Shooting Updates

Word via Twitter is that the suspect from Roosevelt has shot himself over in West Seattle. Early word is that this is the Roosevelt suspect. If so, it may be true that the Roosevelt and downtown shooter are one and the same. (It would seem odd that if there were two shooters who both fled to West Seattle. There also appeared to be police action around 50th and Roosevelt with police going into a house.


Seateach said…
Thanks for the update. As a teacher at one of the locked down schools today, I heard from a lot of parents who were frustrated they didn't get any updates from the school, or on the school's website. I was also surprised at the number of parents who showed up to take their child home.

It's good for parents to know that, at least at my school, my administrators were out monitoring hallways and entryways, being vigilant to keep kids safe. The front office staff were trying to communicate updates to the administration and teachers, and coordinate things like feeding kids lunch in a lockdown situation. Teachers were following directions, trying to keep kids comfortable, safe, and productive.

Here are some tips for parents in a big crazy shooter on the loose situation: Don't show up at the school to check on your child. A parent knocking on locked doors distracts staff from caring for students. Check the news to get updates on what the situation is, and where it is. Call the district office to get specifics. Email your child's teacher or, if you have a desperate question or message, call his classroom. If your child has a phone, he/she will be on it. Send a text or call and leave a message for updates and to communicate pickup options for when school is dismissed. Your child's teacher has 30 children, but the office and administration have hundreds. Let them manage the situation without interruptions and without extra bodies entering and trying to leave the building. I heard a parent say, "This is ridiculous," today. Well, it's not ridiculous when you consider that securely locking a school down means there's one less vulnerable spot the police have to worry about.

If anyone should be posting updates for parents, it should be the district. Staff in the schools are keeping things organized, safe, and as calm as possible.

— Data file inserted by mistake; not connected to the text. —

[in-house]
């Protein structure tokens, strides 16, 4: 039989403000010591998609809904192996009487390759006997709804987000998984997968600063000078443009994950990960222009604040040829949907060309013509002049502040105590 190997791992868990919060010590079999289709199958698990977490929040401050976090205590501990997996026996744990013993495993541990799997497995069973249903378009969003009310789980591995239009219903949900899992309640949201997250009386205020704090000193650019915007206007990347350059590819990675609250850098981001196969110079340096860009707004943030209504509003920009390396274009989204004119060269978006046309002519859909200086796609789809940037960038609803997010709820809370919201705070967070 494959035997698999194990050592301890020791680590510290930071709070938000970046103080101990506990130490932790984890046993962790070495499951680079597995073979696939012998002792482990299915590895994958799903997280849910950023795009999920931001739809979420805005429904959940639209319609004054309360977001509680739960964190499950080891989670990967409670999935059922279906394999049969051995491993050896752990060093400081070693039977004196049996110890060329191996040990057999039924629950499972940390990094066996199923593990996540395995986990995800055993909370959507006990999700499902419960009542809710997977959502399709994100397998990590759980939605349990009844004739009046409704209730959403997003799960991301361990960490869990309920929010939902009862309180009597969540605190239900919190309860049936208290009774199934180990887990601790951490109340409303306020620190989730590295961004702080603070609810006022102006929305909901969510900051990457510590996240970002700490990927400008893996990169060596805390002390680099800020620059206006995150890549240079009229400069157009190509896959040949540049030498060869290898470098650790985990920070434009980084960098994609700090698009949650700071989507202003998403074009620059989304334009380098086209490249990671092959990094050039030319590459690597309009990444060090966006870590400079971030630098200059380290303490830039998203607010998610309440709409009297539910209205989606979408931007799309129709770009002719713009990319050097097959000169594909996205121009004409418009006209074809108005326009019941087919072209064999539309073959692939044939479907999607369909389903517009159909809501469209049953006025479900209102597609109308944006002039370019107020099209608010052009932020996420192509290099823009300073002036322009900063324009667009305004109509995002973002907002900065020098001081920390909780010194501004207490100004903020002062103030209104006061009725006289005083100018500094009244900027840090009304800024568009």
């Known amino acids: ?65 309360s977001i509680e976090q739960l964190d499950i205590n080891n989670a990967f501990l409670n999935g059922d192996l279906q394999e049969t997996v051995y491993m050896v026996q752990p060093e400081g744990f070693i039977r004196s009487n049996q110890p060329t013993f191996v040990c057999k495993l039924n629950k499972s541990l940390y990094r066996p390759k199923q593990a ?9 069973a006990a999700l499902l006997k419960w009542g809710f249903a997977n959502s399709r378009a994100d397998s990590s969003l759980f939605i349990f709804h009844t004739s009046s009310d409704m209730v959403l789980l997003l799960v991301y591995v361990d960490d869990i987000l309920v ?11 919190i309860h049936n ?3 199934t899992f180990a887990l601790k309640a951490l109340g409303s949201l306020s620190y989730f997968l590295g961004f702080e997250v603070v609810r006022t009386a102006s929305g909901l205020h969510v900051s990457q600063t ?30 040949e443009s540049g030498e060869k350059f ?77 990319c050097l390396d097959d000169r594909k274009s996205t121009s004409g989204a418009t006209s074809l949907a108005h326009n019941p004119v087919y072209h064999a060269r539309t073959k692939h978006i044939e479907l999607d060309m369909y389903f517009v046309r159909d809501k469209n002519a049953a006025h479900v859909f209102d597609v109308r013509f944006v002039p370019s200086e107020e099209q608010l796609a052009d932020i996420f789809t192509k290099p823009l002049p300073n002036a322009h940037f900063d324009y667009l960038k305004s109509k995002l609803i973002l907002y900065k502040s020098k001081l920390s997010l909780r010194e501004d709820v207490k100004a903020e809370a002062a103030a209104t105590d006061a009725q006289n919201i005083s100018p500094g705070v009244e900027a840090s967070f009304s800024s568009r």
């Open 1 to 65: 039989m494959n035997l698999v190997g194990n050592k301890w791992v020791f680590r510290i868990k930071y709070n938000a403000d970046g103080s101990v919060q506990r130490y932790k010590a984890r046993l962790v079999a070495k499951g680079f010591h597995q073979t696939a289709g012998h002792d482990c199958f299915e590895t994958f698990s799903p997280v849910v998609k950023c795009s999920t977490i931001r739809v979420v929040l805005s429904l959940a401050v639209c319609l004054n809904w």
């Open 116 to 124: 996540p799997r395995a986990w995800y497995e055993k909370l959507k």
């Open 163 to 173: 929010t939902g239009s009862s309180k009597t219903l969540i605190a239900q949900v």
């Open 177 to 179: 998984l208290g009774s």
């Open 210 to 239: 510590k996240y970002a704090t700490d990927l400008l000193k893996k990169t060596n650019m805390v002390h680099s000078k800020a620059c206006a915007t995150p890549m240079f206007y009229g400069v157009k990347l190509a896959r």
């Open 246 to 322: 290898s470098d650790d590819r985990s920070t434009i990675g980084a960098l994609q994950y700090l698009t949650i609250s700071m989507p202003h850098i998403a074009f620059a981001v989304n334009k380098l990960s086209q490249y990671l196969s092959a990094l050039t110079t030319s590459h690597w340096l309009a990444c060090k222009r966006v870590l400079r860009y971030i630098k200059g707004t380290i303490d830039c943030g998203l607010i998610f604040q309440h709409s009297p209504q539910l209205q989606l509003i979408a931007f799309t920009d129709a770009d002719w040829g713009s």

Thanks Seateach for those tips.

I would also add that we try here to keep up-to-date on what is happening. I did check the district website and was surprised to see nothing at all. It was only on Twitter that they gave info. I'm thinking the schools got some kind of alert and may have e-mailed parents or sent a robo-call to parents.
Seateach said…
I think whoever is at the district notifying schools to close should also have an update on the district website, like we do for snow days.

As far as I know, schools got the call to lockdown, and then "shelter in place," which means we get situated for a longer lockdown situation. I don't know why the district couldn't have some news on the website.

There's a lot about our district I don't know the whys to. I have to say, you and Charlie do a good job of trying to find them.
Maureen said…
We received three robo calls from Roosevelt HS today which I really appreciated (Though I first heard about the incident via a text from my senior. One of those cases where new technology is a plus!)
Watching said…
"One of those cases where new technology is a plus!"

Absolutely. Definately worth reminding our kids to bring their cell phones to school.
Watching said…
"One of those cases where new technology is a plus!"

Absolutely. Definately worth reminding our kids to bring their cell phones to school.
Anonymous said…
These days I get a lot of my Seattle news from here.

Anonymous said…
My kid knows of the shooting. One shooting was at a place where we hang out. Someone he knows is dead but my kid doesn't know that yet: he's just upset that violence would happen somewhere he himself thought was safe. I find it difficult to find a right or good way to tell him, but a SPS psychologist has given me some good advice.

Floor Pie said…
I was helping chaperone a B.F. Day class field trip to Seattle Tilth, and our group got pulled into the Meridian School's gym for the lockdown. The kids were SO good, calm and cooperative, especially considering they'd been right in the middle of a picnic and hoping to hit the playground.